Onsite renewables and EVs: Anglian Water outlines net-zero routemap for 2030

Anglian Water has published a detailed routemap outlining how onsite renewables, electric vehicles (EVs), hydrogen and biogas production will deliver its ambition to reach net-zero by 2030.

Anglian Water will also develop an offsetting strategy for residual emissions by planting 50 hectares of woodland on its sites

Anglian Water will also develop an offsetting strategy for residual emissions by planting 50 hectares of woodland on its sites

Anglian Water has a commitment to become a net-zero business by 2030, made under a sector-wide pledge also signed by the likes of United Utilities and Yorkshire Water.

Under this goal, Anglian has committed to reducing capital carbon emissions by 65% from a 2010 baseline and operational emissions by 30% compared to 2018 levels. The firm has reduced operational emissions by 35% between 2010 and 2020 and capital or embodied carbon by 58% within the same timeframe, by focusing on these areas.

The new routemap details that Anglian Water will install up to 240 GWh of solar generation on and around its own sites and implementing energy efficiency measures reducing power demand by 58GWhs per year and will procure green electricity for all remaining grid requirements.

The water company will also decarbonise its business fleet by replacing 90% of small vehicles with EVs and switching medium-sized vehicles to hydrogen or alternative fuels such as biomethane. More than half of the company’s HGV fleet will switch to using Liquefied Natural Gas.

Biogas production will also be upgraded so it can be exported to the grid or used for transport fuel or to decarbonise other sectors. Monitoring equipment will be installed at four large sites to gain a better understanding on how to tackle process emissions, which Anglian claims are the sector’s most difficult carbon challenge to resolve.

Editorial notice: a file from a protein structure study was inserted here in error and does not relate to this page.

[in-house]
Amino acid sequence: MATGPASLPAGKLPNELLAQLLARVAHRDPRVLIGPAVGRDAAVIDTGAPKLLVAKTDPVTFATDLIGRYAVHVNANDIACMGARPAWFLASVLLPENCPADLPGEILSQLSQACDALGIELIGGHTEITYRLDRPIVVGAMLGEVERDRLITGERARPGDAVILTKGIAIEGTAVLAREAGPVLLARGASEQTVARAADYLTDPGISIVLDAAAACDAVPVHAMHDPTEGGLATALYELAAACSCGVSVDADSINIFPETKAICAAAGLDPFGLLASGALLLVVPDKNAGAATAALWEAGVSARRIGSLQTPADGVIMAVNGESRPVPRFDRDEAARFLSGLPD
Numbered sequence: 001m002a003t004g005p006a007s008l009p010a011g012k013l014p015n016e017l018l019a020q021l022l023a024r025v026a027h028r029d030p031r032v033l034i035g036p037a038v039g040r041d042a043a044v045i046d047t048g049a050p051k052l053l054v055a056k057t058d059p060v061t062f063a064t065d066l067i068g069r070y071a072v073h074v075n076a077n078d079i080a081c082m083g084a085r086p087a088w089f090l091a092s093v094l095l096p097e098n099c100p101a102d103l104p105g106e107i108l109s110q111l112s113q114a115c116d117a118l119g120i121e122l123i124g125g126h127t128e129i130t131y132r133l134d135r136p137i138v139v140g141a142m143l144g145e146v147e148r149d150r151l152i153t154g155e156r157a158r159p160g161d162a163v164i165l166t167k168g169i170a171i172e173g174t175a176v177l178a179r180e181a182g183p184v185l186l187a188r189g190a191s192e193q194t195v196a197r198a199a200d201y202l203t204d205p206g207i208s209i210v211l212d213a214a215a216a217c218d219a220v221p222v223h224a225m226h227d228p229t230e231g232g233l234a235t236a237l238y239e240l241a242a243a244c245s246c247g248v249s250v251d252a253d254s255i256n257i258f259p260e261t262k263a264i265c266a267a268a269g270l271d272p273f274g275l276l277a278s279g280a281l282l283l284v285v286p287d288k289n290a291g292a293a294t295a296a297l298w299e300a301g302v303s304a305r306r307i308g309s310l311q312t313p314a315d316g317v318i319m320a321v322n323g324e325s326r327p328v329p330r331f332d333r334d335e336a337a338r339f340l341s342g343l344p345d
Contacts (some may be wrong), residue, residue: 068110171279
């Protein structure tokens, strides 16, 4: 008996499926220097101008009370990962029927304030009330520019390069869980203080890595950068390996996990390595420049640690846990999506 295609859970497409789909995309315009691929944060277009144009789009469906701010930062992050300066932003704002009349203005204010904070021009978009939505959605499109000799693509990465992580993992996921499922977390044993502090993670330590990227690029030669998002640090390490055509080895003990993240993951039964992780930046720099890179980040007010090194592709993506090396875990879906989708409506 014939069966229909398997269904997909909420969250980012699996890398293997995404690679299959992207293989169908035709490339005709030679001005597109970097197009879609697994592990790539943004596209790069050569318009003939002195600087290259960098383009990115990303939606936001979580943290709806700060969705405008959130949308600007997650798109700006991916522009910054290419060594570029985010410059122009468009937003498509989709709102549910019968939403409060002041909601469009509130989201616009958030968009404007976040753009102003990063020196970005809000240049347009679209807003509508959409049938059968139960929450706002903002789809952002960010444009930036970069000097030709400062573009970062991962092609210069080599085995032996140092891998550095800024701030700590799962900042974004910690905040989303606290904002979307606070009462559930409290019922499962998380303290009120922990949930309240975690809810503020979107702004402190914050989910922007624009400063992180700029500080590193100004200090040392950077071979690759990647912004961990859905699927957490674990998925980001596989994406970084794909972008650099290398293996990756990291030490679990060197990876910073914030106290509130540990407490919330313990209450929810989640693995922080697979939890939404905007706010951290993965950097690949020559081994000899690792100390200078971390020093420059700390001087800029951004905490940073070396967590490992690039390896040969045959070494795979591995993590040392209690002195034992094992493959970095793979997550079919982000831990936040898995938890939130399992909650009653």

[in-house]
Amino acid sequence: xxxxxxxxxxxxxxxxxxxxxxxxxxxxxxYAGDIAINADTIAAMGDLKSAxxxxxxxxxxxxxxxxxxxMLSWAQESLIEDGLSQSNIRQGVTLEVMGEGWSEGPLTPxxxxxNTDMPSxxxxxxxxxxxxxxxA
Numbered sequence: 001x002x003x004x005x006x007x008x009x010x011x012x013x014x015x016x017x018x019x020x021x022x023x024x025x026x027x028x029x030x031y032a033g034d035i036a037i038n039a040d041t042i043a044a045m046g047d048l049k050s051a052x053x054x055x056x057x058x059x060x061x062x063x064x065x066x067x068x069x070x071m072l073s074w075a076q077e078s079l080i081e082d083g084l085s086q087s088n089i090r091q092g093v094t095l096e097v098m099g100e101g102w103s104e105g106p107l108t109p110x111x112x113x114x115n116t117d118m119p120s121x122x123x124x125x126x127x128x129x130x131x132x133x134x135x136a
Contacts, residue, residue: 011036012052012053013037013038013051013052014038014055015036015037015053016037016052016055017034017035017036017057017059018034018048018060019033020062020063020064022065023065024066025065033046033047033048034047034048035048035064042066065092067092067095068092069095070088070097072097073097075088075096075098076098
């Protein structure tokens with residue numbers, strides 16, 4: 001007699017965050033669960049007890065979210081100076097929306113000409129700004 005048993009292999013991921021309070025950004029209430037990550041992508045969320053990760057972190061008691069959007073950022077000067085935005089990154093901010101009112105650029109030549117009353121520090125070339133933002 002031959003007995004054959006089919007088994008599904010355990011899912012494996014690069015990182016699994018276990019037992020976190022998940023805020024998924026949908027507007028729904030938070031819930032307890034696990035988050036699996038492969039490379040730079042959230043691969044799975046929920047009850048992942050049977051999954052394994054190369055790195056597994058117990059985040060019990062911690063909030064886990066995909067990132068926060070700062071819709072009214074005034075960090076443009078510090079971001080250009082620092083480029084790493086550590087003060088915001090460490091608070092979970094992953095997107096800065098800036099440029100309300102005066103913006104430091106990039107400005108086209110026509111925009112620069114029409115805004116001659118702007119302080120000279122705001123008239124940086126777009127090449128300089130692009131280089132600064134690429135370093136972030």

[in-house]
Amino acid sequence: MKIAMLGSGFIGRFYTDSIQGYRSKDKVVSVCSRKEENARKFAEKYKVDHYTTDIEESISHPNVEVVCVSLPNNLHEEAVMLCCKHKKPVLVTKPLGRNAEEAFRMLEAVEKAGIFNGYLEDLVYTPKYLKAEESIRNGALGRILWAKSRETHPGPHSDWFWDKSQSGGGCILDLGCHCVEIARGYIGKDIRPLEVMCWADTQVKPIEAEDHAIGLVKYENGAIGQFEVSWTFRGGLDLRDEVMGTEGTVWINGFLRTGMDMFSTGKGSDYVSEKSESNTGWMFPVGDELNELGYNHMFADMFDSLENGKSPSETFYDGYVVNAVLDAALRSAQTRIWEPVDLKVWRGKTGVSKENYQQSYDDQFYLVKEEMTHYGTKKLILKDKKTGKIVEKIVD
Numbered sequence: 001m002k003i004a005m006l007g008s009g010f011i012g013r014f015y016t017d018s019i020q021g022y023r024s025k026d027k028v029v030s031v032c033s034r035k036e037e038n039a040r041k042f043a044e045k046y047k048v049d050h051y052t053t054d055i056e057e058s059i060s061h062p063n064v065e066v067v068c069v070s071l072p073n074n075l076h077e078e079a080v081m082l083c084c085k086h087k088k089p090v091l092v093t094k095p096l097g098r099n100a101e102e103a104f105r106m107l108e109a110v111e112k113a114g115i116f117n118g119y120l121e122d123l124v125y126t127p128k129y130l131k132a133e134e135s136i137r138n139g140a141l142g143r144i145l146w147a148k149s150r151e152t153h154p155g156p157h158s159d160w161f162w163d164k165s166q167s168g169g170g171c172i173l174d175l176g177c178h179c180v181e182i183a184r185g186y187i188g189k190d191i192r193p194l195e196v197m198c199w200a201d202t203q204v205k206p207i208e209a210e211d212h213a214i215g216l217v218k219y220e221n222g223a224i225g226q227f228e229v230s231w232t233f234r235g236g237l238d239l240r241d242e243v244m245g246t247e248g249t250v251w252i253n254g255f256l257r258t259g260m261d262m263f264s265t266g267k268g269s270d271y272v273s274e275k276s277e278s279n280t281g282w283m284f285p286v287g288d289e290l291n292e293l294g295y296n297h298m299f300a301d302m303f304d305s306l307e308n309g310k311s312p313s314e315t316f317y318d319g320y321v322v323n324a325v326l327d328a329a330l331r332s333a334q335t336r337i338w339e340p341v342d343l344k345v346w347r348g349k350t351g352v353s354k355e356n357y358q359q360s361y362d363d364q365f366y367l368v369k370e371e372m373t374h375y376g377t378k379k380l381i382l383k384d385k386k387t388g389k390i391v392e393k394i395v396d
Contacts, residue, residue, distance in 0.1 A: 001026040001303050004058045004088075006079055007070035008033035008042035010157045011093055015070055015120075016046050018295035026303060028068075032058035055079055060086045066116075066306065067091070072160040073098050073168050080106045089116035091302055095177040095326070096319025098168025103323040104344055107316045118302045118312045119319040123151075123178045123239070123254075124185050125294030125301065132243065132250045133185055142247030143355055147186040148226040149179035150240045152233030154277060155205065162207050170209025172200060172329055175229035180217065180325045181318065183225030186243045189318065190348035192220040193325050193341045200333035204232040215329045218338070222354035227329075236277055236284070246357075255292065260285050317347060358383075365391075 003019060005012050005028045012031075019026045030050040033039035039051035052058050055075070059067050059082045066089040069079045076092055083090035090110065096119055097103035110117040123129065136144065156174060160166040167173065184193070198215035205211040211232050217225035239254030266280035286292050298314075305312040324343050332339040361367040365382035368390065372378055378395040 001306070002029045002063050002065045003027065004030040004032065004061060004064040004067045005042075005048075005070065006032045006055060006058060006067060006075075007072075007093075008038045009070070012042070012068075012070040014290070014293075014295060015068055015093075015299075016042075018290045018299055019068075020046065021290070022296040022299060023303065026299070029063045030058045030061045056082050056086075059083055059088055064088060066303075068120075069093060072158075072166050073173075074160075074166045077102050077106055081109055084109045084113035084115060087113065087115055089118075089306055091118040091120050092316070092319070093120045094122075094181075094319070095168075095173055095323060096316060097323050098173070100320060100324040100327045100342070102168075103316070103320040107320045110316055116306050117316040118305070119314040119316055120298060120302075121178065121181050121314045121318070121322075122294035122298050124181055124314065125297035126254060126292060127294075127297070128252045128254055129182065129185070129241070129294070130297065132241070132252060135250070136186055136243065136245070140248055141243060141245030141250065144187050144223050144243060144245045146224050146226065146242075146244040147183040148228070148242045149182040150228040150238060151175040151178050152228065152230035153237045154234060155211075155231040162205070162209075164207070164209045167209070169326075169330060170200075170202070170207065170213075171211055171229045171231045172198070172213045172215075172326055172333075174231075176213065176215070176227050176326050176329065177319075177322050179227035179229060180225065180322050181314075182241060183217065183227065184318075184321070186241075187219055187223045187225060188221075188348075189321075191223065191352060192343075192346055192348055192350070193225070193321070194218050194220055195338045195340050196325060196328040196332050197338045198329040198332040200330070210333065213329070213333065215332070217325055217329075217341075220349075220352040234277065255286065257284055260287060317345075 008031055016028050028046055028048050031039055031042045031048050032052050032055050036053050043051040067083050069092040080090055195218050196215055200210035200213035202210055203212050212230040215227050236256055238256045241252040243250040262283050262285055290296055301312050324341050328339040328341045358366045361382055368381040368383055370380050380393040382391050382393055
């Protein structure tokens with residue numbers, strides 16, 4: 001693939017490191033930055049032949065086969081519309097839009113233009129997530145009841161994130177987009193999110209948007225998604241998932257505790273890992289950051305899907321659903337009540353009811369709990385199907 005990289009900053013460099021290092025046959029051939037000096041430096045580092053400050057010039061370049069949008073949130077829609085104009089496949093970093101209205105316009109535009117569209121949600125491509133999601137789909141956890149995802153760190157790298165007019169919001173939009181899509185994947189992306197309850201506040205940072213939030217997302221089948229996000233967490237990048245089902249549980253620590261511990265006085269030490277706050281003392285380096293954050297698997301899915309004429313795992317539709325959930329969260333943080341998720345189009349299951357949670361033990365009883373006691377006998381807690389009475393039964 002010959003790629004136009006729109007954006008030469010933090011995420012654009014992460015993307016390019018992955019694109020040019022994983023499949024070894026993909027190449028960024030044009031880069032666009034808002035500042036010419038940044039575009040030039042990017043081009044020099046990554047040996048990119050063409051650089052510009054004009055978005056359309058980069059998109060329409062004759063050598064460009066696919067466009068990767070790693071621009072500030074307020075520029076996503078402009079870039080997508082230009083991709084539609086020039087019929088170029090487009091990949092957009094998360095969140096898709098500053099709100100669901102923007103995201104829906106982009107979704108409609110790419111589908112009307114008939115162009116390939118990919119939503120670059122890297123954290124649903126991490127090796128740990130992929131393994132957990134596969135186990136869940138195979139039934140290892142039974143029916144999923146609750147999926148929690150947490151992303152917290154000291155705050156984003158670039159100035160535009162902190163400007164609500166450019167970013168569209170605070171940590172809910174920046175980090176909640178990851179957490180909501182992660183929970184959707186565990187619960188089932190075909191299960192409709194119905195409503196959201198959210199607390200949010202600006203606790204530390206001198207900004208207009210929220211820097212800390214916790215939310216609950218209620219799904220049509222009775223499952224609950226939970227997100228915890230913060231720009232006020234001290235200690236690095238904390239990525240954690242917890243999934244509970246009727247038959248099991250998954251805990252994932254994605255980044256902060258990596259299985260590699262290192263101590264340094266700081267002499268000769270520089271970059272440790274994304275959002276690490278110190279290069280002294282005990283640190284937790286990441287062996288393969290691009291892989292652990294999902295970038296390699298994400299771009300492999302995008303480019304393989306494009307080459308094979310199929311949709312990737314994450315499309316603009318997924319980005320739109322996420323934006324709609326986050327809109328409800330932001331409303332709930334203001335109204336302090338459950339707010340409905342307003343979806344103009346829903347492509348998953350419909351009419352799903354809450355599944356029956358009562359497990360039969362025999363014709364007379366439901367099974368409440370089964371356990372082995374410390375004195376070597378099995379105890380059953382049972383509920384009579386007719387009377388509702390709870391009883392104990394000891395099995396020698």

All of the company’s gas oil demand will be switched to hydrotreated vegetable oils (HVOs) and plans will be developed to maximise the opportunities to use hydrogen across operations.

Anglian Water will also develop an offsetting strategy for residual emissions by planting 50 hectares of woodland on its sites, exploring removal opportunities using wetlands, marshes and grasslands and working with landowners to develop land management schemes that avoid and remove emissions.

The company’s chief executive Peter Simpson said: “We are accelerating our progress to net-zero and setting out the pathway that will get us there by 2030, based on our three-step hierarchy of reducing emissions, decarbonising our electricity supply and removing or offsetting our residual emissions.

“It won’t be easy – in fact, it will be incredibly challenging and we don’t have all the answers. Finding and delivering them is going to take sustained and genuinely collaborative efforts throughout the coming years, not just from us but from our supply chain, our peers, from government and from regulators too.”

The company believes these measures will deliver annual carbon reductions so that, by 2030, operational emissions will have been reduced by 70% compared to 2018 levels – a reduction of more than 250,000 tonnes.

Last month, Anglian Water unveiled its first sustainability-linked bond framework, worth £250m, that will enable investment into low-carbon initiatives and projects that improve climate resilience across the areas where it operates.

The new bond framework will assist performance against the company’s interim carbon targets to reduce capital-based carbon emissions by 65% from a 2010 baseline and operational emissions by 30% from 2019 levels by 2025. It will also unlock investment into schemes that improve climate resiliency across the east of England.

Matt Mace



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